• Review your race day plan: Take some time to go over all of your race day prep. Review the race course and any related maps. Make sure that you have your nutrition and hydration strategies in order. Double-check that you have everything that you need and make the necessary last-minute purchases if you have forgotten anything.
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Race day self prep

The day before and the day of the race will most likely create some level of anxiety for you. This pre-race anxiety is totally normal and expected. 😅 I myself faced this prior to the Salty Lizard 100 gravel race. The night before the race I found myself pacing around the hotel room double and triple-checking my food bags, bike suspension, GoPro batteries, riding kit, etc. I knew that I had all of this stuff prepared but something in my mind kept telling me that I needed to recheck it all. I repeated some of these same checks the morning of the race even though I had just checked it all the night before. 🤪

Keith is triple-checking his tire pressure the morning of the race.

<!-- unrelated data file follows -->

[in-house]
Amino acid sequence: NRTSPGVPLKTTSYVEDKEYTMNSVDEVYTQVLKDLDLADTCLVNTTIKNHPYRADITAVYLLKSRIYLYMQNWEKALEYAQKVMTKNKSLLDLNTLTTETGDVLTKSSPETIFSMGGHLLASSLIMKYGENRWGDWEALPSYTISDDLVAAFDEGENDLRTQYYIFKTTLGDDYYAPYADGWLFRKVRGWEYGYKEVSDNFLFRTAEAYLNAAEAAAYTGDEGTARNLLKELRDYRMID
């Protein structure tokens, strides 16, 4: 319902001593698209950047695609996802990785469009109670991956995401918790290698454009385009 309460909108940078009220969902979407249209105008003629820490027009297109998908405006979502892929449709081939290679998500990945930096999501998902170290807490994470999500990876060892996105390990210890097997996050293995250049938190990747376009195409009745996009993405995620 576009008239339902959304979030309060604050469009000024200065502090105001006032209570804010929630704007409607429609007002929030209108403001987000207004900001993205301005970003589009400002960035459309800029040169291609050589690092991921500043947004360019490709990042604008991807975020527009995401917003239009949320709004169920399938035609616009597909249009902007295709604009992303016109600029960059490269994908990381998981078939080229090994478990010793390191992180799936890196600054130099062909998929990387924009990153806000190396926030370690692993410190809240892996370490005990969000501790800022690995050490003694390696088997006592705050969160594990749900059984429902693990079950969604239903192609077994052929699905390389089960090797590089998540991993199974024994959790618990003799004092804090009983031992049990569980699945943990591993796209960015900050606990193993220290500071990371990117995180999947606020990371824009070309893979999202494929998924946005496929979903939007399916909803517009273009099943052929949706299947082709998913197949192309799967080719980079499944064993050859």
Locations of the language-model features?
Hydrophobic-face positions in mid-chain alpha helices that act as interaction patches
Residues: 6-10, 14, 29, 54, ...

Keith is triple-checking his tire pressure the morning of the race.

It's important that you don't over-stress about the race during these final hours. You desperately need a good night of sleep to be adequately rested for the race. I have outlined some key techniques below for ensuring that you can have an enjoyable pre-race experience. These tips are based on what I have learned through my own experience as a first-time gravel racer.

Final self-prep activities

  • Arrive at the race venue early: If possible, try to arrive at your accommodations at least 24 hours prior to the race. This will give you adequate time to look over your bike and gear to ensure that you haven't forgotten anything. If you have, this also gives you time to shop around for what you need.